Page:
I commend you on your passion. Nice links. That said, the damage done isn't quite made up as fast as people SEEM to think. The 60's weren't that long ago. Many still live in families that have no history of reading. Poverty begets poverty much as wealth p begets wealth. certainly there are exceptions, but I'm not we should base opinions on exceptions, either way.Yes, and intellectual honesty requires that such discussion should include the fact that slavery is a minimal or perhaps not a factor in the black experience in America today. It also has to include a myriad of well-intended but disastrous government programs of 'reparations' that were supposed to help black people but instead have forced too many into permanent second class citizen status entrenched in permanent unemployablility and generations of crime ridden poverty that perpetuate themselves. And now, in 2014, THAT is what has harmed black people for the last 60 years.
And because those disastrous policies have so enriched and empowered the permanent political class, they are not about to change their spots and do anything differently. So look to those folks for any reparations due.
PEOPLE LOVE THE PAST. It provides convenient excuses for all manner of individual or group shortcomings. Academic "experts," politicians and race hustlers use history as a cover-up. They point to the ugly facts of slavery, Jim Crow and discrimination as explanations for the high rates of black illegitimacy, crime and family breakdown. The connection between slavery and discrimination, and what we see today, is hardly ever challenged. But challenge it we must.
Only 40 percent of black children live in two-parent households. The illegitimacy rate among blacks stands close to 70 percent. The "legacy of slavery" explanation for today's weak black family structure loses all manner of credibility when one examines evidence from the past.
Even during slavery, most black children lived in biological two-parent families. One study of 19th-century slave families (Herbert Gutman, "The Black Family in Slavery and Freedom: 1750-1925") found that in up to three-fourths of the families, all the children had the same mother and father. In New York City in 1925, 85 percent of kin-related black households were double-headed. In fact, "Five in six children under the age of six lived with both parents.". . . .
. . . .Both during slavery and as late as 1920, a black teen-age girl raising a child without a man was rare among blacks. Gutman, also found in analyzing data on black families in Harlem between 1905 and 1925 that only 3 percent of all families "were headed by a woman under 30.". . . .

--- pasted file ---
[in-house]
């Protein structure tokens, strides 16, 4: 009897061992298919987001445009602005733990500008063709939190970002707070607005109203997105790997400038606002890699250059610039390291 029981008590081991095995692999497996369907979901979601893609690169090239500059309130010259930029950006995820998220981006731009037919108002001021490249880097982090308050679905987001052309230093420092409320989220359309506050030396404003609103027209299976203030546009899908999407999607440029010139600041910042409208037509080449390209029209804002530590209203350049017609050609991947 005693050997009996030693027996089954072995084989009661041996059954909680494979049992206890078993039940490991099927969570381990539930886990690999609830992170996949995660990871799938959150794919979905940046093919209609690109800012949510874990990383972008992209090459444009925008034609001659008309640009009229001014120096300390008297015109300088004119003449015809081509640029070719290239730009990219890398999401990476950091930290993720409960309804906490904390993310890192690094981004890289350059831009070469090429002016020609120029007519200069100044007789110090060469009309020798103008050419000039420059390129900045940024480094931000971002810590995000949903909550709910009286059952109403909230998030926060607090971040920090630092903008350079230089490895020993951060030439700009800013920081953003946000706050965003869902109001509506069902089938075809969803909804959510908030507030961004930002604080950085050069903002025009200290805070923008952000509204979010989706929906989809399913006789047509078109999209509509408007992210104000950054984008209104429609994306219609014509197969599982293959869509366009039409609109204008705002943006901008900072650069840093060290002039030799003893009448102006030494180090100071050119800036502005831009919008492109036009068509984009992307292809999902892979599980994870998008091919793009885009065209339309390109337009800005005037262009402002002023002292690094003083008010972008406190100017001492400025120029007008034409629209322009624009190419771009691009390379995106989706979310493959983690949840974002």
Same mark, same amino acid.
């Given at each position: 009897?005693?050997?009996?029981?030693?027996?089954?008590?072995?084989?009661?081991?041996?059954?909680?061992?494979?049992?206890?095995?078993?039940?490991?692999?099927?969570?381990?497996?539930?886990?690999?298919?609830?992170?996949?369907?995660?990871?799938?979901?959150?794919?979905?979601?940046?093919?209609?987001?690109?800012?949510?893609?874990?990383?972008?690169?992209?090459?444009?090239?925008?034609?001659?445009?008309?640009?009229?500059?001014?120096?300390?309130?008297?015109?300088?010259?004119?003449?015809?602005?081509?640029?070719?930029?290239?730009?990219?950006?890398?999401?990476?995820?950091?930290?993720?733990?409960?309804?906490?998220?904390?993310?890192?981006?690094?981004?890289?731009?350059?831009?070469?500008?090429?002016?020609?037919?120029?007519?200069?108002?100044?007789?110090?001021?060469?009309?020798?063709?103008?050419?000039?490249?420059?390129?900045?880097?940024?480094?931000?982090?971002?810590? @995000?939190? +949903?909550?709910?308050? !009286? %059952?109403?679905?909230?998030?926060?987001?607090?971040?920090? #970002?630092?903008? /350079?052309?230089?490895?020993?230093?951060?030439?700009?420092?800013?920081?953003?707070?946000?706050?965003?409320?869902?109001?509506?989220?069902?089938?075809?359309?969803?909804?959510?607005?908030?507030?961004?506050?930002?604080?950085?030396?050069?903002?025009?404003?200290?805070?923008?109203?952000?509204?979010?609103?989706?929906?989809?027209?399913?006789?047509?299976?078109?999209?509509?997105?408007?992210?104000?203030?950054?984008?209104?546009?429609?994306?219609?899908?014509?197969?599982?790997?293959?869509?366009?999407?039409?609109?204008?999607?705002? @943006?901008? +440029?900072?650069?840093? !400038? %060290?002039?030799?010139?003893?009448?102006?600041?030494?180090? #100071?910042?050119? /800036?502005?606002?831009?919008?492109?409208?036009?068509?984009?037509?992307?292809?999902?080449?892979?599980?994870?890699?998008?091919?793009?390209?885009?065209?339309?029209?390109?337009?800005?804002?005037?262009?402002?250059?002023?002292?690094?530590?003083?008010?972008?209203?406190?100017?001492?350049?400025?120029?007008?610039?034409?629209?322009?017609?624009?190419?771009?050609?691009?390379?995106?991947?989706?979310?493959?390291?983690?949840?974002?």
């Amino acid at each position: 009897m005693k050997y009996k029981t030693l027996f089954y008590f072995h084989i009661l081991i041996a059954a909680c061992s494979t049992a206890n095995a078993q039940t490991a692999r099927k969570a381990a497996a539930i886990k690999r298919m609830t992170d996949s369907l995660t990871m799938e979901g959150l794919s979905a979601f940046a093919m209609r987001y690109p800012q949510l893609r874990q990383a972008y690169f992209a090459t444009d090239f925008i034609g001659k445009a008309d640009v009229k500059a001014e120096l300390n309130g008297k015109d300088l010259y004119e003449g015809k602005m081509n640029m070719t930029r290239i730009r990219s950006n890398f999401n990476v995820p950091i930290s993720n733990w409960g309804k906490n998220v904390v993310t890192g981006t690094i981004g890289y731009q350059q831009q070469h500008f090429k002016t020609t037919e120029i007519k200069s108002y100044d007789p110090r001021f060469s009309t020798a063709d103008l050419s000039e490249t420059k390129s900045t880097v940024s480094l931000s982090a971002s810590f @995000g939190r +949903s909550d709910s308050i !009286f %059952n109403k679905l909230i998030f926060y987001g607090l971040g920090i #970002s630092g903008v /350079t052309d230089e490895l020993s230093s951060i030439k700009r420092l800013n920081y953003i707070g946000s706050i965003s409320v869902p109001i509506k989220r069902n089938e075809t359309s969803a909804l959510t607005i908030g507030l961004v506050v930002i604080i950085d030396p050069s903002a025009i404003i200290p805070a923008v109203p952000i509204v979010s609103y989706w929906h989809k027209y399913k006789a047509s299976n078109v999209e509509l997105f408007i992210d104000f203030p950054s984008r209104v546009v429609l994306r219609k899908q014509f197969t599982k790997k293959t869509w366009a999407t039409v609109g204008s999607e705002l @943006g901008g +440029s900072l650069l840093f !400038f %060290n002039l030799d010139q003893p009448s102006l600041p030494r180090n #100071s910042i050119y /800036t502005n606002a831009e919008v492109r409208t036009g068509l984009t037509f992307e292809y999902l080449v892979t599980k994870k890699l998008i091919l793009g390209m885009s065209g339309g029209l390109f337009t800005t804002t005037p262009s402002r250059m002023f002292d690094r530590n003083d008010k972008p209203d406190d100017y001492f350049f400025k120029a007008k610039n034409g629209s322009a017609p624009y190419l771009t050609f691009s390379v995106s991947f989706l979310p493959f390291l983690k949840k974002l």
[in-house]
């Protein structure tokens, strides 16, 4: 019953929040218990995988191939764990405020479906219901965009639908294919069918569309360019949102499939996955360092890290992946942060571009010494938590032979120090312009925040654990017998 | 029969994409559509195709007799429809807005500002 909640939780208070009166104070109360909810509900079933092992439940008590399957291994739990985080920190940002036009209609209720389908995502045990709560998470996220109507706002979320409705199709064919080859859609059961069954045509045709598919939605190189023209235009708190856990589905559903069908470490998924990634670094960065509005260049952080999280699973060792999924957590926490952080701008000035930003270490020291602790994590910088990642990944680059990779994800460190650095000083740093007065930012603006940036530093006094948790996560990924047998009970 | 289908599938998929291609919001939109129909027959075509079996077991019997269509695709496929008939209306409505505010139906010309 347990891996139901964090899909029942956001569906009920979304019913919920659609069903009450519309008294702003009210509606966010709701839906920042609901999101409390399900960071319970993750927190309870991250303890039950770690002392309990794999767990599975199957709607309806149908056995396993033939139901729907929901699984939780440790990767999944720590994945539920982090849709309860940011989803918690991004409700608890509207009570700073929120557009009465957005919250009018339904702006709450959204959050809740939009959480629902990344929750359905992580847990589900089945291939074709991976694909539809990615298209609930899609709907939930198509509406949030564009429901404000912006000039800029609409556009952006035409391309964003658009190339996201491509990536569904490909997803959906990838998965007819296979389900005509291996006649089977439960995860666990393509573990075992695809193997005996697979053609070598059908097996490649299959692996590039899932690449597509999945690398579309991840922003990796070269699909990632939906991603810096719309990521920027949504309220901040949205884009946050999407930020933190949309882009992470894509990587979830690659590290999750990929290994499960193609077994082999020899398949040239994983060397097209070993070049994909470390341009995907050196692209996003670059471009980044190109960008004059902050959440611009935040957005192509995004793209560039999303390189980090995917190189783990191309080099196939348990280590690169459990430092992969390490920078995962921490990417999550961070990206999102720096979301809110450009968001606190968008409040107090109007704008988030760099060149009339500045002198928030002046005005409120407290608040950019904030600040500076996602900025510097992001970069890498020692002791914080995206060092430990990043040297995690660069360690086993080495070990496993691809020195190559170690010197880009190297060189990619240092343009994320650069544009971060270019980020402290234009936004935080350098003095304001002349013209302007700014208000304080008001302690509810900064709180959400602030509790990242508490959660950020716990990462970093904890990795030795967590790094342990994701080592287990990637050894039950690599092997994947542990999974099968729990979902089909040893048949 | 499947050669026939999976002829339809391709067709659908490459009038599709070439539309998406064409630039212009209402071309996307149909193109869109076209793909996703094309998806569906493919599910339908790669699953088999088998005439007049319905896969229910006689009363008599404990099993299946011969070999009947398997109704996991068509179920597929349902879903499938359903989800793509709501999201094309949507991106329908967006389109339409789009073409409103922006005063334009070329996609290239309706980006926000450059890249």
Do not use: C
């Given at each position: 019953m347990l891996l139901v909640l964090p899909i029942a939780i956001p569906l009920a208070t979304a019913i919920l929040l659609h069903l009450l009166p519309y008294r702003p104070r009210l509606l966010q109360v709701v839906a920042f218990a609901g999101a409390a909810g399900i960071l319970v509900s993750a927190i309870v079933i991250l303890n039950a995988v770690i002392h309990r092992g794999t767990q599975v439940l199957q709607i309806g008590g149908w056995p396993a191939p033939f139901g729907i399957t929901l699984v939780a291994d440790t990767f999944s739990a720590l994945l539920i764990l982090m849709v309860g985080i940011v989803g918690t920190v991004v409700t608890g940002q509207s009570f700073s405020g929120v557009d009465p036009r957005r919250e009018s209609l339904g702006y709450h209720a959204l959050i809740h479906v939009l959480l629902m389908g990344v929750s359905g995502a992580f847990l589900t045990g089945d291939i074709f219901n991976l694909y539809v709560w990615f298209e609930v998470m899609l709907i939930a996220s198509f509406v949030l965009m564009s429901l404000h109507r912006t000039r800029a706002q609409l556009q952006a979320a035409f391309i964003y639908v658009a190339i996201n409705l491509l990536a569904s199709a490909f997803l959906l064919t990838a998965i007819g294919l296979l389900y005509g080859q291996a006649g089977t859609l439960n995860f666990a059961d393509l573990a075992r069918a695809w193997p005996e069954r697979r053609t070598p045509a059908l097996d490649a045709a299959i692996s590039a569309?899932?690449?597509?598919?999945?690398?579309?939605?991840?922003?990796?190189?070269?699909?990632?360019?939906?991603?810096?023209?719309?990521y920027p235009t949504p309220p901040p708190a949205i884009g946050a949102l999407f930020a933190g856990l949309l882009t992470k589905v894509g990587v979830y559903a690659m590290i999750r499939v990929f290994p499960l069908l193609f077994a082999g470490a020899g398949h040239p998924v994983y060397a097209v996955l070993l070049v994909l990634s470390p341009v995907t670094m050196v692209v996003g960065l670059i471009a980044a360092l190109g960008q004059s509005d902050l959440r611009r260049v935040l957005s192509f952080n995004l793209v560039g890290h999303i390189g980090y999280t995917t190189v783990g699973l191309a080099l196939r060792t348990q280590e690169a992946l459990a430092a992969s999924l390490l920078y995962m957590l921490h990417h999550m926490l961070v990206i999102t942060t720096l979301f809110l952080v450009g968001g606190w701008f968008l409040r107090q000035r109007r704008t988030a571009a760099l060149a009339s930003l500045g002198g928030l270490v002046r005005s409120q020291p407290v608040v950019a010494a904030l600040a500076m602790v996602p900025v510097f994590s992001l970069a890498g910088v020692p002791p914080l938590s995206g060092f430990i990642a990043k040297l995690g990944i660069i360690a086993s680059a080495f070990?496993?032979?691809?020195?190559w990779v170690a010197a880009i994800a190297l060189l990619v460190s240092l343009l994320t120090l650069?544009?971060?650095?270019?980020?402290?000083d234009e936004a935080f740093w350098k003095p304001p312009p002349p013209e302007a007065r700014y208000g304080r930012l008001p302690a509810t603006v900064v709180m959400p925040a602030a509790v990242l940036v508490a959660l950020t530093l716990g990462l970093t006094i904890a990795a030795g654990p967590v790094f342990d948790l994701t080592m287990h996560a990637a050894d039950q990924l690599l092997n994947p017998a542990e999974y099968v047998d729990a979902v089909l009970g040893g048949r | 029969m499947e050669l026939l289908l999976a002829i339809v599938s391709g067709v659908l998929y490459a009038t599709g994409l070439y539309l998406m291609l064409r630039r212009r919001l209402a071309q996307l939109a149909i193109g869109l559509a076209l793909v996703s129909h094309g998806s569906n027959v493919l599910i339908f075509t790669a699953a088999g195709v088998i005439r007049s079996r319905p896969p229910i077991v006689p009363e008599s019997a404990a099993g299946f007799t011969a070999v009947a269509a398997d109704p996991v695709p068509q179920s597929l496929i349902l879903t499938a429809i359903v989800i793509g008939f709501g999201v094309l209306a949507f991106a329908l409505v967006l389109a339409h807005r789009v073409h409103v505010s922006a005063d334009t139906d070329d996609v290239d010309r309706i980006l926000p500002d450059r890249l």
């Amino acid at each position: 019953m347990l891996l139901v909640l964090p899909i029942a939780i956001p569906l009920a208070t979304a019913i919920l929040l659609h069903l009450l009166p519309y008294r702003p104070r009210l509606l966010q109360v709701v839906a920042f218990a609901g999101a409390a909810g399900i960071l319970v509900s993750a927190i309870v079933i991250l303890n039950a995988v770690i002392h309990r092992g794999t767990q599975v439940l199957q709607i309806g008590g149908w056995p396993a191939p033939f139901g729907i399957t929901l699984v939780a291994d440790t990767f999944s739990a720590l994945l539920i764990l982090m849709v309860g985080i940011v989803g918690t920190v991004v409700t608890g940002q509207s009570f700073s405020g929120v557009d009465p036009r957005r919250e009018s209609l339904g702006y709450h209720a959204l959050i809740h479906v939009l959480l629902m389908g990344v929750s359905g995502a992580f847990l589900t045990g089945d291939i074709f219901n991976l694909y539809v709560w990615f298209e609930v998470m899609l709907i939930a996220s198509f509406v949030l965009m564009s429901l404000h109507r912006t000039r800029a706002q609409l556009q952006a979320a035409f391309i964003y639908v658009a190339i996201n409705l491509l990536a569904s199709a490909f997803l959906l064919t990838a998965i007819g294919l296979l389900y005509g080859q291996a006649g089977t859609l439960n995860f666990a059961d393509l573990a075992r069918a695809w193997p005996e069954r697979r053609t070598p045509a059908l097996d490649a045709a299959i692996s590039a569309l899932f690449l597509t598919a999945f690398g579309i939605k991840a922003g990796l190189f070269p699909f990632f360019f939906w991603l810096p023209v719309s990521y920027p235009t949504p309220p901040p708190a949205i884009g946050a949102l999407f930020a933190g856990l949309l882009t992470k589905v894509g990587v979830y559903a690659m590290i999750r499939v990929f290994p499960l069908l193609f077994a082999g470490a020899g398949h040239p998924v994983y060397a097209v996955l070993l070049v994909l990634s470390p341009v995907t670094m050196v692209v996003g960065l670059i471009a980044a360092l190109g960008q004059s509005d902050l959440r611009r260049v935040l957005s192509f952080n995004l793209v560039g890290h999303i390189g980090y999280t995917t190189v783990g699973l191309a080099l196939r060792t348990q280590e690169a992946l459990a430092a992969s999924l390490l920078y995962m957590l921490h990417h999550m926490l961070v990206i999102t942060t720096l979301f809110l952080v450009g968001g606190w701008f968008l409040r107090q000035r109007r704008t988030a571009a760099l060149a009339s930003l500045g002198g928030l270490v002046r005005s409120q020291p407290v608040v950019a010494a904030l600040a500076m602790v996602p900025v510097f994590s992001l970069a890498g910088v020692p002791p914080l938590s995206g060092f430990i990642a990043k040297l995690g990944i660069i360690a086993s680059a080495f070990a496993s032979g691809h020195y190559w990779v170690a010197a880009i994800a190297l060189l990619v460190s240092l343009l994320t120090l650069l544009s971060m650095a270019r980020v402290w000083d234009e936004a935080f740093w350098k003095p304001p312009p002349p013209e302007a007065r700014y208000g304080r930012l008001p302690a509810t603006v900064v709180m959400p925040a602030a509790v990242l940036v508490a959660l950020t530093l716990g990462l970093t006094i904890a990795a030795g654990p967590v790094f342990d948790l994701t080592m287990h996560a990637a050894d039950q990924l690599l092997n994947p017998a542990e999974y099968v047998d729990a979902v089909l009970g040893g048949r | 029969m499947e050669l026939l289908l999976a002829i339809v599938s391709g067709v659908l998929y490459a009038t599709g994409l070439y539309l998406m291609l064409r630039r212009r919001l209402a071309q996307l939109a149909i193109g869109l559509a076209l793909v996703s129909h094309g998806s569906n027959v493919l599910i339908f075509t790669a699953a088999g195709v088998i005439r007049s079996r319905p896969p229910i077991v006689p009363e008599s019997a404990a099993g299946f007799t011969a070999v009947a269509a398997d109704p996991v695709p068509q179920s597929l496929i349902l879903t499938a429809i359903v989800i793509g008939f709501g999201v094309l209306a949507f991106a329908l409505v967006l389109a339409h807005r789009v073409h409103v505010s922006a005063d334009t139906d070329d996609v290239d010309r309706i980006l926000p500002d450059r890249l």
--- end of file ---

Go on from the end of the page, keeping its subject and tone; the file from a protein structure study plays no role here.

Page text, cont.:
. . . .The "politically correct" theory is that poverty and discrimination is the cause of high crime rates. During my youth in the 1930s and 1940s, black neighborhoods were far safer than today. It would be preposterous to suggest back then there was less poverty and discrimination.
The level of social pathology seen in many black communities is unprecedented and has nothing to do with a so-called legacy of slavery, unless we're willing to say that slavery has a delayed reaction of four or five generations.
--Walter Williams PhD 1999
. . .There has been much documented racial progress since 1963. But there has also been much retrogression, of which the disintegration of the black family has been central, especially among those at the bottom of the social pyramid.
Many people — especially politicians and activists — want to take credit for the economic and other advancement of blacks, even though a larger proportion of blacks rose out of poverty in the 20 years before 1960 than in the 20 years afterwards.
But no one wants to take responsibility for the policies and ideologies that led to the breakup of the black family, which had survived centuries of slavery and generations of discrimination. . . .
. . . Civil rights were necessary, but far from sufficient. Education and job skills are crucial, and the government cannot give you these things. All it can do is make them available.
Race hustlers who blame all lags on the racism of others are among the obstacles to taking the fullest advantage of education and other opportunities. What does that say about the content of their character? . . . .
A Poignant Anniversary by Thomas Sowell on Creators.com - A Syndicate Of Talent